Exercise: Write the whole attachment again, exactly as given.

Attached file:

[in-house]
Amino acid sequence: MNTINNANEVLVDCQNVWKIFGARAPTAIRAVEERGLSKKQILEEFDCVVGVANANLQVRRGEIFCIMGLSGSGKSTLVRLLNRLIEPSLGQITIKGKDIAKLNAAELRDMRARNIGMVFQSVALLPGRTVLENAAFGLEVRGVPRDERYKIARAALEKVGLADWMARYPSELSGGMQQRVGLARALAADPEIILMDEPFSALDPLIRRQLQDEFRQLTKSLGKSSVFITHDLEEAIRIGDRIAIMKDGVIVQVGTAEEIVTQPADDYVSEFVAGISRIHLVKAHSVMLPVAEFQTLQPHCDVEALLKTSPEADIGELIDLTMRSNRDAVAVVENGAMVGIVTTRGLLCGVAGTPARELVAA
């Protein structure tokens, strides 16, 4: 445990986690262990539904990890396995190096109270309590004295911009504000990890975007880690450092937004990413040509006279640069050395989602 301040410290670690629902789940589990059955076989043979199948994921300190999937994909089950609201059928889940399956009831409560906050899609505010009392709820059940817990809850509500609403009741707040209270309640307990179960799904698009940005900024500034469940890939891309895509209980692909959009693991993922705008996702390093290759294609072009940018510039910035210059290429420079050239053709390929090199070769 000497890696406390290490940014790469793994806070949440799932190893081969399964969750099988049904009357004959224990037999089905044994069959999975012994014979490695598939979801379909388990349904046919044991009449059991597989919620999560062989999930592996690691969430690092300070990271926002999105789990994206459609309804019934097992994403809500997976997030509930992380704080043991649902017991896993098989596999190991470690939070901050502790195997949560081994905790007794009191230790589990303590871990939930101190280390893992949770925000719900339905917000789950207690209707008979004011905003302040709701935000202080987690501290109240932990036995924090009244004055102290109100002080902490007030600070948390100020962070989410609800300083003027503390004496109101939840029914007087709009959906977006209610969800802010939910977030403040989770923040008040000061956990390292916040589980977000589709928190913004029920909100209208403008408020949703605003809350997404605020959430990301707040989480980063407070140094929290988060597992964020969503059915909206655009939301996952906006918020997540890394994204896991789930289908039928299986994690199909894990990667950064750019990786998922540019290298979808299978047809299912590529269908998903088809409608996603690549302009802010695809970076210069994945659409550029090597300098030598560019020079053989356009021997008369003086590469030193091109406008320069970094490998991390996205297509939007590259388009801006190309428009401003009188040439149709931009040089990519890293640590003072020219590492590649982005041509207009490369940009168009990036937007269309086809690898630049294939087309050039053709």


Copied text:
[in-house]
Amino acid sequence: MNTINNANEVLVDCQNVWKIFGARAPTAIRAVEERGLSKKQILEEFDCVVGVANANLQVRRGEIFCIMGLSGSGKSTLVRLLNRLIEPSLGQITIKGKDIAKLNAAELRDMRARNIGMVFQSVALLPGRTVLENAAFGLEVRGVPRDERYKIARAALEKVGLADWMARYPSELSGGMQQRVGLARALAADPEIILMDEPFSALDPLIRRQLQDEFRQLTKSLGKSSVFITHDLEEAIRIGDRIAIMKDGVIVQVGTAEEIVTQPADDYVSEFVAGISRIHLVKAHSVMLPVAEFQTLQPHCDVEALLKTSPEADIGELIDLTMRSNRDAVAVVENGAMVGIVTTRGLLCGVAGTPARELVAA
């Protein structure tokens, strides 16, 4: 445990986690262990539904990890396995190096109270309590004295911009504000990890975007880690450092937004990413040509006279640069050395989602 301040410290670690629902789940589990059955076989043979199948994921300190999937994909089950609201059928889940399956009831409560906050899609505010009392709820059940817990809850509500609403009741707040209270309640307990179960799904698009940005900024500034469940890939891309895509209980692909959009693991993922705008996702390093290759294609072009940018510039910035210059290429420079050239053709390929090199070769 000497890696406390290490940014790469793994806070949440799932190893081969399964969750099988049904009357004959224990037999089905044994069959999975012994014979490695598939979801379909388990349904046919044991009449059991597989919620999560062989999930592996690691969430690092300070990271926002999105789990994206459609309804019934097992994403809500997976997030509930992380704080043991649902017991896993098989596999190991470690939070901050502790195997949560081994905790007794009191230790589990303590871990939930101190280390893992949770925000719900339905917000789950207690209707008979004011905003302040709701935000202080987690501290109240932990036995924090009244004055102290109100002080902490007030600070948390100020962070989410609800300083003027503390004496109101939840029914007087709009959906977006209610969800802010939910977030403040989770923040008040000061956990390292916040589980977000589709928190913004029920909100209208403008408020949703605003809350997404605020959430990301707040989480980063407070140094929290988060597992964020969503059915909206655009939301996952906006918020997540890394994204896991789930289908039928299986994690199909894990990667950064750019990786998922540019290298979808299978047809299912590529269908998903088809409608996603690549302009802010695809970076210069994945659409550029090597300098030598560019020079053989356009021997008369003086590469030193091109406008320069970094490998991390996205297509939007590259388009801006190309428009401003009188040439149709931009040089990519890293640590003072020219590492590649982005041509207009490369940009168009990036937007269309086809690898630049294939087309050039053709």